The gel is divided into two segments, the first 6 bands for the digested plasmids and the second 6 bands for the supercoiled ones. For each segment there are two biological replicas (colony1 and 2) of the 3 RECONBY’s plasmids: 228-AT, 228-I and 238-I.
Figure 3: Electrophoresis Gel of Miniprep results of RECONBY’s plasmids: 228-AT, 228-I and 238-I.

  • Results discussion: using NZYTech Kit, we replicated RECOBY’s plasmids purification experiments. The values obtained when comparing our results with their Metabion kits results are much more positive (see table 1), since the DNA concentration is higher and allowed us to transform and plate culture the Miniprep resulting plasmids into NZY5α competent cells (Figure 2). To verify that the miniprep had been performed correctly, we digested the plasmids with HindIII and EcoRI restriction enzymes to obtain two fragments: one of 7600 bp and the other of 100 bp. Since we ran the samples on a 1% Agarose gel only one of the two bands (the 7600bp band) could be observed. However, it was possible to distinguish between plasmids that were digested and those that were not. As shown in Figure 3, the digested plasmids ran less, while the undigested plasmids, being able to adopt a supercoiled conformation, were able to advance more. So, we can conclude that it is possible to achieve acceptable DNA concentration results using a commercially available kit, even though it is not always easy.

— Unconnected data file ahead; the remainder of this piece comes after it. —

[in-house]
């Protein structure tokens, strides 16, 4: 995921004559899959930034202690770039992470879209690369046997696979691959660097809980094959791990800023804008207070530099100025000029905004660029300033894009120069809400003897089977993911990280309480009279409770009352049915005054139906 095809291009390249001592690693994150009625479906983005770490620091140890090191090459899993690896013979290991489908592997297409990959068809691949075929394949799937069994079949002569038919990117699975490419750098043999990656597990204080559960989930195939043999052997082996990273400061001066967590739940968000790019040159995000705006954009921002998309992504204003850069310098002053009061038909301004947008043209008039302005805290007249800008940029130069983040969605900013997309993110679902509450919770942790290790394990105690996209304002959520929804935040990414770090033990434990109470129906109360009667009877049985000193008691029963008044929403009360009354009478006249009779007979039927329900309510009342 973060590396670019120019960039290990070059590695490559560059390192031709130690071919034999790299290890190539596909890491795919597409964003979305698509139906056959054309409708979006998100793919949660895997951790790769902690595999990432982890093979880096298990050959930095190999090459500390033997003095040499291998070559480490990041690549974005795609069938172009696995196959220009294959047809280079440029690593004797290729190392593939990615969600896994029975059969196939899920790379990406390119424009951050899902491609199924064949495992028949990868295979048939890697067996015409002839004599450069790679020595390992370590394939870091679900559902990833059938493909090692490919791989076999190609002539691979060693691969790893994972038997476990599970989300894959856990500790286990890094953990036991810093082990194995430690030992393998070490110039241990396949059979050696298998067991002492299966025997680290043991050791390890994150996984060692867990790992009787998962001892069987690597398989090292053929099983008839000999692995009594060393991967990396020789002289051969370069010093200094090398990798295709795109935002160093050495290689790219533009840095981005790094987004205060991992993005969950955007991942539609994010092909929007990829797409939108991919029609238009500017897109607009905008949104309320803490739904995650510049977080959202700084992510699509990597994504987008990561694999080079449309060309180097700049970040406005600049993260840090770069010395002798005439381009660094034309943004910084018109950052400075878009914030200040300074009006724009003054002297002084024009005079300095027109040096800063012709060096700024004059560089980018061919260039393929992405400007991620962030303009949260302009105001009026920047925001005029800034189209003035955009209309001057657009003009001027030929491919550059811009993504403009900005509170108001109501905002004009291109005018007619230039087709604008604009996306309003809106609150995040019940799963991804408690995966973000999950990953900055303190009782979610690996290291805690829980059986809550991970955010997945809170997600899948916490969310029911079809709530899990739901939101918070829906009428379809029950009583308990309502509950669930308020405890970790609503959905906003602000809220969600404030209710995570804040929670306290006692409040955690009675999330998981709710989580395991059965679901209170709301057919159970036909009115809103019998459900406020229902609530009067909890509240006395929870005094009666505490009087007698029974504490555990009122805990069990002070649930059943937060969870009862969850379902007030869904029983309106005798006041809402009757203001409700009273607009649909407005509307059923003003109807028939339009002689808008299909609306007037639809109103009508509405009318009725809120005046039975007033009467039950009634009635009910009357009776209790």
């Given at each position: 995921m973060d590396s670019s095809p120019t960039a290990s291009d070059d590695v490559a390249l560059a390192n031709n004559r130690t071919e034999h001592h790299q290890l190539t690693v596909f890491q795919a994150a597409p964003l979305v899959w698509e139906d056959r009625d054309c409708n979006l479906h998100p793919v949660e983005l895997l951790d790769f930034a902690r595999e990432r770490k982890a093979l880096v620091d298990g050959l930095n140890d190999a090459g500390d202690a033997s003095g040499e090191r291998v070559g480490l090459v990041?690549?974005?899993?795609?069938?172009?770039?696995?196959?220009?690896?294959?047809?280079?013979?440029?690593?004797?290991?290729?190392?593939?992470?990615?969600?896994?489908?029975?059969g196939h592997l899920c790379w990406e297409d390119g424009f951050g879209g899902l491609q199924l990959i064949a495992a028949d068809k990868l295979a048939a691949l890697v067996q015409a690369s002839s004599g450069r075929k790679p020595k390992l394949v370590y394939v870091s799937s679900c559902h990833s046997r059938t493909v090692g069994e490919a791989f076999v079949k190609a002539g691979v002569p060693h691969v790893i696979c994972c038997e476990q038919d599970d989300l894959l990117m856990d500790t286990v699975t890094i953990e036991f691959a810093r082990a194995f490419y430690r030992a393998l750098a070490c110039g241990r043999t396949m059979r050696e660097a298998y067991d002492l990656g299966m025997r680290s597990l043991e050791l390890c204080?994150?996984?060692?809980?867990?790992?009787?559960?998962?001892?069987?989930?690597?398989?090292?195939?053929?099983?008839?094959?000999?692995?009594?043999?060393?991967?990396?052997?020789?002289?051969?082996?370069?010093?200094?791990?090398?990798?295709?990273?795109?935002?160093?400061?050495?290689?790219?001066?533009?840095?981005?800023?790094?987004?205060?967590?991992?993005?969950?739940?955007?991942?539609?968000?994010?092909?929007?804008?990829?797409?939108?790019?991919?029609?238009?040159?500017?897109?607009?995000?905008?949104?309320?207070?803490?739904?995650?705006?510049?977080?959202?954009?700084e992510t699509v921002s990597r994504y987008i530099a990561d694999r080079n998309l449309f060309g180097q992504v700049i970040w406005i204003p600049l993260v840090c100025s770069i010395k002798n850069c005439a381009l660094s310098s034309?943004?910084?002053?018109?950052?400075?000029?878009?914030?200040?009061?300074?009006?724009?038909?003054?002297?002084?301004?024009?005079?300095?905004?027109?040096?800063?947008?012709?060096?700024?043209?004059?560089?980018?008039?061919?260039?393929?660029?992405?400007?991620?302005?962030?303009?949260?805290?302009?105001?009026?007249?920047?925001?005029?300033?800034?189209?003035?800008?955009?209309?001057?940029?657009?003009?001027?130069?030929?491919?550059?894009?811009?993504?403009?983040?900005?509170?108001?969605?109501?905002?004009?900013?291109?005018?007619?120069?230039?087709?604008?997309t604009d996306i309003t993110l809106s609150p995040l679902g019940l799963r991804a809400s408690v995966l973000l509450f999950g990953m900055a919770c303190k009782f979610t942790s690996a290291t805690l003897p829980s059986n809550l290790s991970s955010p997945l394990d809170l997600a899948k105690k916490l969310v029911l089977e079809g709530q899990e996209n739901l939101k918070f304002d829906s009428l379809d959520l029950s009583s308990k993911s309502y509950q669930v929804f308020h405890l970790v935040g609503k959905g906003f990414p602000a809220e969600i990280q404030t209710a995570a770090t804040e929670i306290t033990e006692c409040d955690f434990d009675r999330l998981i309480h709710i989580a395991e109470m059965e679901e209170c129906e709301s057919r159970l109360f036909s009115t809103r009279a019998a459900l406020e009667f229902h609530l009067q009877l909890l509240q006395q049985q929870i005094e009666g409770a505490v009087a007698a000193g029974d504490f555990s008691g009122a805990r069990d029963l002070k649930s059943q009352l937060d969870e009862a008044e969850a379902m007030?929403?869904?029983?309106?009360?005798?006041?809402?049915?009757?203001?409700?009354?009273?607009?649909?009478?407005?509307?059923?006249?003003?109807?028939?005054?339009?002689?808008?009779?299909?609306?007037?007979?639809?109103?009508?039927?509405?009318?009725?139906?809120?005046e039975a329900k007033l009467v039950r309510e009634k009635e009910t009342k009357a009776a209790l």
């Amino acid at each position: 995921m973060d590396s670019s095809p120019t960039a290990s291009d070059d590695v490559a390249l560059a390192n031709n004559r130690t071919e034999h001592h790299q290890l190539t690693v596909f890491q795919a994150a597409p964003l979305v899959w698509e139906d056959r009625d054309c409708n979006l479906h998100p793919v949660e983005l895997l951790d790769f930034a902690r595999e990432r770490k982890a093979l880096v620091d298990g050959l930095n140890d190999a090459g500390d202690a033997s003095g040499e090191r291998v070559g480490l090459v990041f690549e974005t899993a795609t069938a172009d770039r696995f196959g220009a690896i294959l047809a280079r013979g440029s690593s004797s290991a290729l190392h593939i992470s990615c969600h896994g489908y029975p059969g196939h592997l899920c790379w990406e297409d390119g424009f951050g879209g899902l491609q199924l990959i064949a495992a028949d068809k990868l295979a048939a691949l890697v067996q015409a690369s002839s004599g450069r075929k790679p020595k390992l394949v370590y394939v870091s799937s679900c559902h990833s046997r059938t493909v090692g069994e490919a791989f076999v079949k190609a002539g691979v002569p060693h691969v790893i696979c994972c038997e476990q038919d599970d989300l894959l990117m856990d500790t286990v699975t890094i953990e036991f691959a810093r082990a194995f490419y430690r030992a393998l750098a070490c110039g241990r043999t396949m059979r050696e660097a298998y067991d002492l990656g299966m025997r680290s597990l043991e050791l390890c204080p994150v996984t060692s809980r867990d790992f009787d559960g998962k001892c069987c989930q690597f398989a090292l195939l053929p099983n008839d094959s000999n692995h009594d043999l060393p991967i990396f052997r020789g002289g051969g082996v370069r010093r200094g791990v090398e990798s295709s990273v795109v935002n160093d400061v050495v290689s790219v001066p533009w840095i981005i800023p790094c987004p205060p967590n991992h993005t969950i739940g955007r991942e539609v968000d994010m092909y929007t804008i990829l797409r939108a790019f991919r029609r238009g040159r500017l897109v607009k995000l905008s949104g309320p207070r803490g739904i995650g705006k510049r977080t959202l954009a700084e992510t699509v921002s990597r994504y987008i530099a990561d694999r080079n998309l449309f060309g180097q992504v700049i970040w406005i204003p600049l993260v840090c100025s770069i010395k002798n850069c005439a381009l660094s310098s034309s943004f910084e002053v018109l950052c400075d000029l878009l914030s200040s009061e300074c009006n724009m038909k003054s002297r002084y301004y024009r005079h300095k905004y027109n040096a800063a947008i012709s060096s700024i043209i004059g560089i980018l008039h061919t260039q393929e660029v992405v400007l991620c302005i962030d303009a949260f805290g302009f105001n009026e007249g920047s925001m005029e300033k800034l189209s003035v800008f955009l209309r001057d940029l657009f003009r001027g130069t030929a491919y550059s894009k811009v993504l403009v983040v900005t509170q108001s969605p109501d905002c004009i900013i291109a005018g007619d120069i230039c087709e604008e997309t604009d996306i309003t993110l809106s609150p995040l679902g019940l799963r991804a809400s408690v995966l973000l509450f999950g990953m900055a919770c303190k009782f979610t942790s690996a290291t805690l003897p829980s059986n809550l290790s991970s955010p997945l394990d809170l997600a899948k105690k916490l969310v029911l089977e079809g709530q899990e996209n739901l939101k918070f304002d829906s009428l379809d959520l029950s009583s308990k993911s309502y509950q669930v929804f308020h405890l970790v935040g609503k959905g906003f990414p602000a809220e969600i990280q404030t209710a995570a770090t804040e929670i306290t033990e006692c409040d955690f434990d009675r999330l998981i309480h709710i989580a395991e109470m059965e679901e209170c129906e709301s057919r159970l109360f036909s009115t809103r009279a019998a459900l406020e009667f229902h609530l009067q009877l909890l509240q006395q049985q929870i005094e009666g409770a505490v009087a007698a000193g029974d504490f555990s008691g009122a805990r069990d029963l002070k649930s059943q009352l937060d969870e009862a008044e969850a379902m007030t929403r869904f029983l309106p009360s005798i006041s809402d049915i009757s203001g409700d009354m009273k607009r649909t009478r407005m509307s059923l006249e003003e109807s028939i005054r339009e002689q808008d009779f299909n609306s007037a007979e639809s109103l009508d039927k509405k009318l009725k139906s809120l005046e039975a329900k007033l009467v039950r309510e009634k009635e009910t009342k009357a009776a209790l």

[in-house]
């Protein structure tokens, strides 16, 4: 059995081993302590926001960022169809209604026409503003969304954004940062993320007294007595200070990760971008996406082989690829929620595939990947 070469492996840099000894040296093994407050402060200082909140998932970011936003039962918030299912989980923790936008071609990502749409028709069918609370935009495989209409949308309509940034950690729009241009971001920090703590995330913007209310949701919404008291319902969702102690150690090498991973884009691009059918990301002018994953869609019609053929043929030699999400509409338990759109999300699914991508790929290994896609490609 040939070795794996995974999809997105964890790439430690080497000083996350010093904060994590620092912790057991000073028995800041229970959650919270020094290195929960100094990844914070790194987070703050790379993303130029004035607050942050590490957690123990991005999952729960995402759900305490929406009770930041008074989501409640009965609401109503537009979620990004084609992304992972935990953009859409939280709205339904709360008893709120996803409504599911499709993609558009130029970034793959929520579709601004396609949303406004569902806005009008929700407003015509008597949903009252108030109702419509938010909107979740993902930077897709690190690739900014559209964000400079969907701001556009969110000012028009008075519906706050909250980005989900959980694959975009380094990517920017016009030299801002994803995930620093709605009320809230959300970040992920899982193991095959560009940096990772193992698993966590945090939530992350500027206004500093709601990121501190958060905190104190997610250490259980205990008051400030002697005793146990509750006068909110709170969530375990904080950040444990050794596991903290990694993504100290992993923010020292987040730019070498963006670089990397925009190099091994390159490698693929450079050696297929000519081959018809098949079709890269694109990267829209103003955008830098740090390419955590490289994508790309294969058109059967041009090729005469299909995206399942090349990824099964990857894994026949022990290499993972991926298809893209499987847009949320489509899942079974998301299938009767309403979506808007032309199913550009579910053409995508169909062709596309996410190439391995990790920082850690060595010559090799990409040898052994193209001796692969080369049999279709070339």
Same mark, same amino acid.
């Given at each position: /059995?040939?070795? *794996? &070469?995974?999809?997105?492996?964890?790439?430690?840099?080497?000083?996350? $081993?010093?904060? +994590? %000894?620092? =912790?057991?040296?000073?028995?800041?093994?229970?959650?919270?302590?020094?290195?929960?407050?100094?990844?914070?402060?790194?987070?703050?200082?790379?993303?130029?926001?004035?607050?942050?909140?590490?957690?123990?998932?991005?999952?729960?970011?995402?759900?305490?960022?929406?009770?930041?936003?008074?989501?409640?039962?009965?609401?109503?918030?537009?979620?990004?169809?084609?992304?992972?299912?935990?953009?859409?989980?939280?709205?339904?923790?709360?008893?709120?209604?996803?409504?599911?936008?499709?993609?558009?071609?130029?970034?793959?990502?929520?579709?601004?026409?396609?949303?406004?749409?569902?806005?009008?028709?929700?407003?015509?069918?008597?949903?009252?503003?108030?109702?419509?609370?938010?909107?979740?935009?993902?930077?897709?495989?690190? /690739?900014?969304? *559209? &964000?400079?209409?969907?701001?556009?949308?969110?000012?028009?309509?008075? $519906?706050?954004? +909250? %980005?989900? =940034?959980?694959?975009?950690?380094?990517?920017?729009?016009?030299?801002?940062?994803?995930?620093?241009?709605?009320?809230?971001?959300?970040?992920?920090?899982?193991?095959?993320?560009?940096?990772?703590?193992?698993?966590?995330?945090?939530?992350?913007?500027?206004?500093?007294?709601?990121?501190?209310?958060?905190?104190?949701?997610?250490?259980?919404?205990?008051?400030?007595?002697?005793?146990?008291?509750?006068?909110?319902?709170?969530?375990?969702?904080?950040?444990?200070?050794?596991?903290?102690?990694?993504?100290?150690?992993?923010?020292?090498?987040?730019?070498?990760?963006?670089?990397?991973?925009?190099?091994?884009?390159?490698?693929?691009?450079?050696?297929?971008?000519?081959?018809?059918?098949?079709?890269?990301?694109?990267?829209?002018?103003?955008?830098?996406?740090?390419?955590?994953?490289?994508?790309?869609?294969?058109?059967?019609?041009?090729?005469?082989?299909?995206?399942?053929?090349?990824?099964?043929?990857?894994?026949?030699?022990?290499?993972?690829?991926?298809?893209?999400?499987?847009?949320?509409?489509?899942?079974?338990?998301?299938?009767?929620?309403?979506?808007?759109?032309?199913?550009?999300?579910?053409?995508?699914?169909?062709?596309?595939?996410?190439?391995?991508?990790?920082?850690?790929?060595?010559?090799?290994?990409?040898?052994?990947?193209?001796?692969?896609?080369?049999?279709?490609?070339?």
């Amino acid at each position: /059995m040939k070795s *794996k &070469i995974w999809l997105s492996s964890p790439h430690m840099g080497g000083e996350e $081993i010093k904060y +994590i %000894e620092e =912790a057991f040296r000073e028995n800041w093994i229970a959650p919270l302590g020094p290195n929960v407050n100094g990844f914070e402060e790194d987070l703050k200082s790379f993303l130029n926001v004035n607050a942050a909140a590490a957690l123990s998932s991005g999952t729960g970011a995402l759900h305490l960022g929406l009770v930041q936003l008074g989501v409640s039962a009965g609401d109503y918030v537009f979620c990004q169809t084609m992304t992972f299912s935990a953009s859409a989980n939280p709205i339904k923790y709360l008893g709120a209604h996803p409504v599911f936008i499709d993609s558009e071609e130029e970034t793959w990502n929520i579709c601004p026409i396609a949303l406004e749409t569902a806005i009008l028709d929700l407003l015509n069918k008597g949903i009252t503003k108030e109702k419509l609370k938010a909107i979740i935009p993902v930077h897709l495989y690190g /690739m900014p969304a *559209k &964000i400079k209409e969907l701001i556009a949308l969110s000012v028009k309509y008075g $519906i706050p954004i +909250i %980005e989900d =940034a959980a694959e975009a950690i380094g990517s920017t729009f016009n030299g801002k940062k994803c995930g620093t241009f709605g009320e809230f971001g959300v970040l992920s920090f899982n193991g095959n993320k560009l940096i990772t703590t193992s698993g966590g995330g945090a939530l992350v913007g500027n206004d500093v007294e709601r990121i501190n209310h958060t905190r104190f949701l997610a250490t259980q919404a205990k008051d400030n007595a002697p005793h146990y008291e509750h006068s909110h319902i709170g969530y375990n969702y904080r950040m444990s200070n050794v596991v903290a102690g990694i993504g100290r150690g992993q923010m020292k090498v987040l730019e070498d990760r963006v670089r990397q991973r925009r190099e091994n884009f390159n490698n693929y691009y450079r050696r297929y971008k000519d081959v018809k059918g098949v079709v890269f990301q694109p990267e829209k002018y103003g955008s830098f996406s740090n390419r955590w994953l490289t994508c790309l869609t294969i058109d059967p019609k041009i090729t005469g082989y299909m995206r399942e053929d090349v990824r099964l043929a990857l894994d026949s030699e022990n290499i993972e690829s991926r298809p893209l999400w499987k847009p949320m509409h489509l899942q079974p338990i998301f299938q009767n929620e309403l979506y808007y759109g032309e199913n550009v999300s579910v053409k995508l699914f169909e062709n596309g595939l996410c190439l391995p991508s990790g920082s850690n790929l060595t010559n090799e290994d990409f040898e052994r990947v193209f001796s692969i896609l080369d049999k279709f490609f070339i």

Sample Plasmid concentration (ng/μL)
Metabion Kit - RECONBY 228-AT 12.1
228-I 25.6
238-I 12.5
Handmade - RECONBY 228-AT 260.5
228-I 266.6
238-I 310.4
NZYTech - ARIA 228-AT 45.0
228-I 44.8
238-I 45.0
Table 1: RECONBY’s and ARIA’s quantitative results.

ii) ARIA’s new approach

In our original approach, the biosensors built for AR sample detection are grown inside living E. coli and then a lysis is performed in order to extract the sensors from the cell so that they are in contact with the patient’s sample.

Using RECONBY’s plasmids, we could try to express the Cas12 protein in the cell membrane so that the lysis step is avoided. This would solve two imperfections of our approach. Firstly, the lysis protocol slows down the biosensor production and even though we are contemplating trying to program cell autolysis we have not shown that it works and Cas12 keeps functional. Secondly, the fact of using the cell lysate directly provokes the presence of lots of DNases from the cell in the medium, and they react with our reporter producing a high background noise which complicates our results visualization.

The main basic design of the new approach would consist of cloning our LbCas12 protein and a protease cutting point inside RECONBY’s plasmid. In this way, one Cas12 is expressed in the cell membrane, it could be cut by a protease and once liberated be functional. The specific gRNAs could be synthetised in vitro or we could use our cell lysate.

1.2 Nanopore DNA sequencing